Dunbar basketball great Keith Booth has filed a federal lawsuit against his alma mater saying he was “scapegoated” when he was fired as head boys basketball coach after what he calls school officials’ mishandling of an incident of student sexual misconduct.
Booth, who starred at the University of Maryland and played for the Chicago Bulls during some of the seasons featured in the recent ESPN documentary “The Last Dance,” alleges he was let go in an “extreme and defamatory way” in February, and offers new details of what he says was a fraught first season as the Poets’ coach.
The lawsuit says his dismissal came after administrators learned of an “improper sexual interaction between a Dunbar junior varsity basketball student athlete and a female student manager on a team bus ride" on the way back from the 24th Annual Basketball Academy tournament at Morgan State University.
A letter was released to the Dunbar community at the time saying the incident was under investigation, and Booth’s attorney says in the lawsuit that the letter wrongly implied Booth was at fault.
“Coach Booth will forever live with the stain of Defendants’ false and defamatory letter and denial of his constitutional rights to clear his name," the lawsuit says.
Booth is suing the city school board, schools CEO Sonja Santelises, Dunbar principal Yetunde Reeves and Jerome Jones, the director of labor relations and negotiations for the school system.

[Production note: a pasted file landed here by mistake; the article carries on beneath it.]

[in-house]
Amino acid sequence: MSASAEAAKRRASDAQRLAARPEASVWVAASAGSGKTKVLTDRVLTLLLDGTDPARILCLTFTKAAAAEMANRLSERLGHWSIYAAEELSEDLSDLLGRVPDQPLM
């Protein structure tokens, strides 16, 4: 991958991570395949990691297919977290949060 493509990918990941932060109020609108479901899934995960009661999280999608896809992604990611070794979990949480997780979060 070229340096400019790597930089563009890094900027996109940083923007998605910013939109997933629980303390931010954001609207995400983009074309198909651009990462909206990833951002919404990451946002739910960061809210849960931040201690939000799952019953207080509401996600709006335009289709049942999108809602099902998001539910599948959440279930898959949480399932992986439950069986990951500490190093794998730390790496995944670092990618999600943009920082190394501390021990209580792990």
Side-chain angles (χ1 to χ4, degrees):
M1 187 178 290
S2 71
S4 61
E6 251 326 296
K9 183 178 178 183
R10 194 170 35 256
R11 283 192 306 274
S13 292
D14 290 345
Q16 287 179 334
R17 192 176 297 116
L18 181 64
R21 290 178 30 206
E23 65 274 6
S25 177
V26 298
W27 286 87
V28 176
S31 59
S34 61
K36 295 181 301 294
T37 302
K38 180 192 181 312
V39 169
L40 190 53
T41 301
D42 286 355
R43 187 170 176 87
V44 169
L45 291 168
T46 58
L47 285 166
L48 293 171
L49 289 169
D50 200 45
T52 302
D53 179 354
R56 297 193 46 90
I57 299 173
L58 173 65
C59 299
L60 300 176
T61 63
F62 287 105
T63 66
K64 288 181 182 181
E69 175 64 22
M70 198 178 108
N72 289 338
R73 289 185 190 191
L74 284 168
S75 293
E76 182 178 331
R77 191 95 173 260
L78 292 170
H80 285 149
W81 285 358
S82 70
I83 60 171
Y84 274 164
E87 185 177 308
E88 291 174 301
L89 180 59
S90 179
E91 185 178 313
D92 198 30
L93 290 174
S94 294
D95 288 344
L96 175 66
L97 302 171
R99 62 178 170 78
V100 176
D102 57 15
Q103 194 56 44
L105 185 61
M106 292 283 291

School officials could not immediately be reached for comment.
Booth says when he learned of the sexual incident, he immediately suspended the student athlete and informed Dunbar’s assistant principal, “who for days, along with Defendant Reeves, did nothing with this information.”
“Indeed, three days after Coach Booth informed the Assistant Principal, the junior varsity-basketball student athlete called Defendant Reeves, the Principal, directly and admitted to having touched the female. In the face of this confession, Defendant Reeves stood mute,” the lawsuit alleges.
Booth said he was directed to write a statement regarding the incident, then was fired by Reeves. Booth said Jones, the human relations director, later told him he was only “on leave,” but that reports of Booth’s dismissal leaked out.
The lawsuit further alleges the firing was “spurred on by some powerful alumni who were concerned more about past allegiances than the development of future generations and consistent with her past history.”
This article will be updated.
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